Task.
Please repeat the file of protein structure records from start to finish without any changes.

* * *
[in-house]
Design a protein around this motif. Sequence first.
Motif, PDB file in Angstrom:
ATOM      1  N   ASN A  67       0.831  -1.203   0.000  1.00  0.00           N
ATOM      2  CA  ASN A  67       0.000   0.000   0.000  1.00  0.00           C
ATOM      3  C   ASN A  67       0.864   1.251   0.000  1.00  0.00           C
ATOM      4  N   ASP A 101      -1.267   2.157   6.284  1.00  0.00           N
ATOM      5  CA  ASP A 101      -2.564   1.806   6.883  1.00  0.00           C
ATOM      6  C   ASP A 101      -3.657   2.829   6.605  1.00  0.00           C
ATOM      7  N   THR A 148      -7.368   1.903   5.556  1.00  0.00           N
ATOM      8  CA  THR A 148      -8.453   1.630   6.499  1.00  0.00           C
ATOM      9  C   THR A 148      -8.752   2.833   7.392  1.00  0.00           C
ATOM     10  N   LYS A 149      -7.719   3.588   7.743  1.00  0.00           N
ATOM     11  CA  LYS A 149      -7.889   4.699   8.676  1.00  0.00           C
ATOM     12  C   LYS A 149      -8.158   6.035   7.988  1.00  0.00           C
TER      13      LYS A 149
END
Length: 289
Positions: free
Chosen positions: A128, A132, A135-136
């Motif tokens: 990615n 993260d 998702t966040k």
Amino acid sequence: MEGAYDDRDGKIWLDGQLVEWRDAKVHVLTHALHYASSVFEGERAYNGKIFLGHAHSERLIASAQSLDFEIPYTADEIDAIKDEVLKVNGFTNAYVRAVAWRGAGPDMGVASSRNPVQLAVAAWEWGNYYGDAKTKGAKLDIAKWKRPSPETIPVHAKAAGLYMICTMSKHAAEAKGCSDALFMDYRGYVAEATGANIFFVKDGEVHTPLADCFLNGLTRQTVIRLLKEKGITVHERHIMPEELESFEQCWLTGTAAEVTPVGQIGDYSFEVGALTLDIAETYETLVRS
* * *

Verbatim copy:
[in-house]
Design a protein around this motif. Sequence first.
Motif, PDB file in Angstrom:
ATOM      1  N   ASN A  67       0.831  -1.203   0.000  1.00  0.00           N
ATOM      2  CA  ASN A  67       0.000   0.000   0.000  1.00  0.00           C
ATOM      3  C   ASN A  67       0.864   1.251   0.000  1.00  0.00           C
ATOM      4  N   ASP A 101      -1.267   2.157   6.284  1.00  0.00           N
ATOM      5  CA  ASP A 101      -2.564   1.806   6.883  1.00  0.00           C
ATOM      6  C   ASP A 101      -3.657   2.829   6.605  1.00  0.00           C
ATOM      7  N   THR A 148      -7.368   1.903   5.556  1.00  0.00           N
ATOM      8  CA  THR A 148      -8.453   1.630   6.499  1.00  0.00           C
ATOM      9  C   THR A 148      -8.752   2.833   7.392  1.00  0.00           C
ATOM     10  N   LYS A 149      -7.719   3.588   7.743  1.00  0.00           N
ATOM     11  CA  LYS A 149      -7.889   4.699   8.676  1.00  0.00           C
ATOM     12  C   LYS A 149      -8.158   6.035   7.988  1.00  0.00           C
TER      13      LYS A 149
END
Length: 289
Positions: free
Chosen positions: A128, A132, A135-136
């Motif tokens: 990615n 993260d 998702t966040k």
Amino acid sequence: MEGAYDDRDGKIWLDGQLVEWRDAKVHVLTHALHYASSVFEGERAYNGKIFLGHAHSERLIASAQSLDFEIPYTADEIDAIKDEVLKVNGFTNAYVRAVAWRGAGPDMGVASSRNPVQLAVAAWEWGNYYGDAKTKGAKLDIAKWKRPSPETIPVHAKAAGLYMICTMSKHAAEAKGCSDALFMDYRGYVAEATGANIFFVKDGEVHTPLADCFLNGLTRQTVIRLLKEKGITVHERHIMPEELESFEQCWLTGTAAEVTPVGQIGDYSFEVGALTLDIAETYETLVRS